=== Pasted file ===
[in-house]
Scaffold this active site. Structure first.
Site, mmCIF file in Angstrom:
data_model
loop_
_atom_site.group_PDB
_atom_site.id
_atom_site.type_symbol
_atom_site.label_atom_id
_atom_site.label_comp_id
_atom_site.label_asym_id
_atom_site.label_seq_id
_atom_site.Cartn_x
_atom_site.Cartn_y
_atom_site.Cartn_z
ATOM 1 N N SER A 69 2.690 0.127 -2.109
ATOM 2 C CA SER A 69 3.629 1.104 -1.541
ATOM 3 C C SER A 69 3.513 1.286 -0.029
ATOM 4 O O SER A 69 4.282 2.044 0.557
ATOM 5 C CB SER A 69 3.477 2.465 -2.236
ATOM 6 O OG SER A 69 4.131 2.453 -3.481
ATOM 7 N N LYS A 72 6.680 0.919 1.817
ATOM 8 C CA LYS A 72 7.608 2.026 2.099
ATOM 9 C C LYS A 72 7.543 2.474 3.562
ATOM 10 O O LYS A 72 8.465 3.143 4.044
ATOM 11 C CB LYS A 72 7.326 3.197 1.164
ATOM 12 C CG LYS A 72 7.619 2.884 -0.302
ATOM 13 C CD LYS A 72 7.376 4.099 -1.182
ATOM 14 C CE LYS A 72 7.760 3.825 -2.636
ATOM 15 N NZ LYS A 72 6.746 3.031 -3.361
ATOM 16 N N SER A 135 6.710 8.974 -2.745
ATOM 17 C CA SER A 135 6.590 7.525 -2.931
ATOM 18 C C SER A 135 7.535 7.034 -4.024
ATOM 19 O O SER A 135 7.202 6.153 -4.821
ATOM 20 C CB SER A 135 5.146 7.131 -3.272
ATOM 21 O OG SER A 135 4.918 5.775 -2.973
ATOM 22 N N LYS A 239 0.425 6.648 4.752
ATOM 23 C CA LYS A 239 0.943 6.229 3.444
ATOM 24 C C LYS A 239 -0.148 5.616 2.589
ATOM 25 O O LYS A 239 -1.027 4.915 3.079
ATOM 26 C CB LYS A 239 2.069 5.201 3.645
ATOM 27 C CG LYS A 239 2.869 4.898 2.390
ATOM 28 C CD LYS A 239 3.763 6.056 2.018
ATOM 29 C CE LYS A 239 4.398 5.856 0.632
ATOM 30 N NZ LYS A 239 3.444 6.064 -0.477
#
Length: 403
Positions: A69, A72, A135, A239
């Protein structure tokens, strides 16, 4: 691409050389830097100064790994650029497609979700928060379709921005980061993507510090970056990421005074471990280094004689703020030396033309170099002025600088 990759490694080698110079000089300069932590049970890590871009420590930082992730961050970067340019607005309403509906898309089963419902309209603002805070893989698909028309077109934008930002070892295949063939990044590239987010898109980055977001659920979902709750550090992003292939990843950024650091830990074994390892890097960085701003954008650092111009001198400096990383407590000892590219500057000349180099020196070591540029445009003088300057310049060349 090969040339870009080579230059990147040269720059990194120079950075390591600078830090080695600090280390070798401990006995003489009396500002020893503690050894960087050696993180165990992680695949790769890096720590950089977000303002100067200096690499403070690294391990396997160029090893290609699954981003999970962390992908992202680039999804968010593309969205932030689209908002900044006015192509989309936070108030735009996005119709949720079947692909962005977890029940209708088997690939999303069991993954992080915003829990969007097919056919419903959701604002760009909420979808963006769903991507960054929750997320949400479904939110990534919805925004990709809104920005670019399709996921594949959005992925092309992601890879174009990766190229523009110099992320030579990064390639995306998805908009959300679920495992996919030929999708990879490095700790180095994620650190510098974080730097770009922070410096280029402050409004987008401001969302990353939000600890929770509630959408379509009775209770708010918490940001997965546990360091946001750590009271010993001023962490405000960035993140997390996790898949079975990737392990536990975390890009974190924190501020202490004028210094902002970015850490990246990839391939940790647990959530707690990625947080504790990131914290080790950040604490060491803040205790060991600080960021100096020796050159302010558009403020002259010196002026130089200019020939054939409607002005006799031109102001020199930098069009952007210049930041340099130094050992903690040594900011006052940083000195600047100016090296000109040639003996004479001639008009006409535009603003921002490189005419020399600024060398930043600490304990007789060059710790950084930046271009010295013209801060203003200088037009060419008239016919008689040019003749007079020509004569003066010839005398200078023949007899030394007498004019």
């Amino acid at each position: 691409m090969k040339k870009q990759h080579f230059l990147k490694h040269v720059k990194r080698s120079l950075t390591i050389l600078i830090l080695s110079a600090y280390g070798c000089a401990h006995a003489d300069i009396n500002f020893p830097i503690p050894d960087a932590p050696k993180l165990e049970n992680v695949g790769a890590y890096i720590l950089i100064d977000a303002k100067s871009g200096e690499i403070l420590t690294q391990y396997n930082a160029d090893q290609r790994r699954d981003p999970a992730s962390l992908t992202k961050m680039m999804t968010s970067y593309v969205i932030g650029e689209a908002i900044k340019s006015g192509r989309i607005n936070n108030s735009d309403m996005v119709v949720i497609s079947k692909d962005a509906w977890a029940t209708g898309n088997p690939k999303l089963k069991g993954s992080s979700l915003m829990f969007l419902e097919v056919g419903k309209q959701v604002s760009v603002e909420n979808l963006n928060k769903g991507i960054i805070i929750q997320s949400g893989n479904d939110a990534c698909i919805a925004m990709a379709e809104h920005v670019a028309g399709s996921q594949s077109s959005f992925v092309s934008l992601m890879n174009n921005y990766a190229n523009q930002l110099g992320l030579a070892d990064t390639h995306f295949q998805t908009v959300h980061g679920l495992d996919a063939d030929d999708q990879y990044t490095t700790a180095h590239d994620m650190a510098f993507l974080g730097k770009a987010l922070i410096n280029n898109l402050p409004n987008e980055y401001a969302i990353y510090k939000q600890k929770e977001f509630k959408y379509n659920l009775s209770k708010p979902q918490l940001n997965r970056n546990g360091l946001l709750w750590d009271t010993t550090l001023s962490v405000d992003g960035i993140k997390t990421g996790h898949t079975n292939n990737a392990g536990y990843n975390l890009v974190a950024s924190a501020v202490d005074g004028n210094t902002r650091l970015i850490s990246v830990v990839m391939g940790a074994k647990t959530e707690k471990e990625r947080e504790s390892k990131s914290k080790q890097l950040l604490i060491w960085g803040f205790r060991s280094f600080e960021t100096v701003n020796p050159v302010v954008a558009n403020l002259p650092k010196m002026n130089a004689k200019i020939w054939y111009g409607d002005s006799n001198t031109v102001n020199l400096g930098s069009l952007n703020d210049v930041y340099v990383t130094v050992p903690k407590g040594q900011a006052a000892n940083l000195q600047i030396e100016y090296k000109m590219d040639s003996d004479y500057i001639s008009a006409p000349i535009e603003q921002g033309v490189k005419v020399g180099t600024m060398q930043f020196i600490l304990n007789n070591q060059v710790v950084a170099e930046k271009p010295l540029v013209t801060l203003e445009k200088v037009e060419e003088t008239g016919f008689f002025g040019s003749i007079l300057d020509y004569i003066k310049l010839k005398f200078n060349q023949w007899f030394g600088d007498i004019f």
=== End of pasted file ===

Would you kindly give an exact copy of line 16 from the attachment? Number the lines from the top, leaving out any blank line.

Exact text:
ATOM 1 N N SER A 69 2.690 0.127 -2.109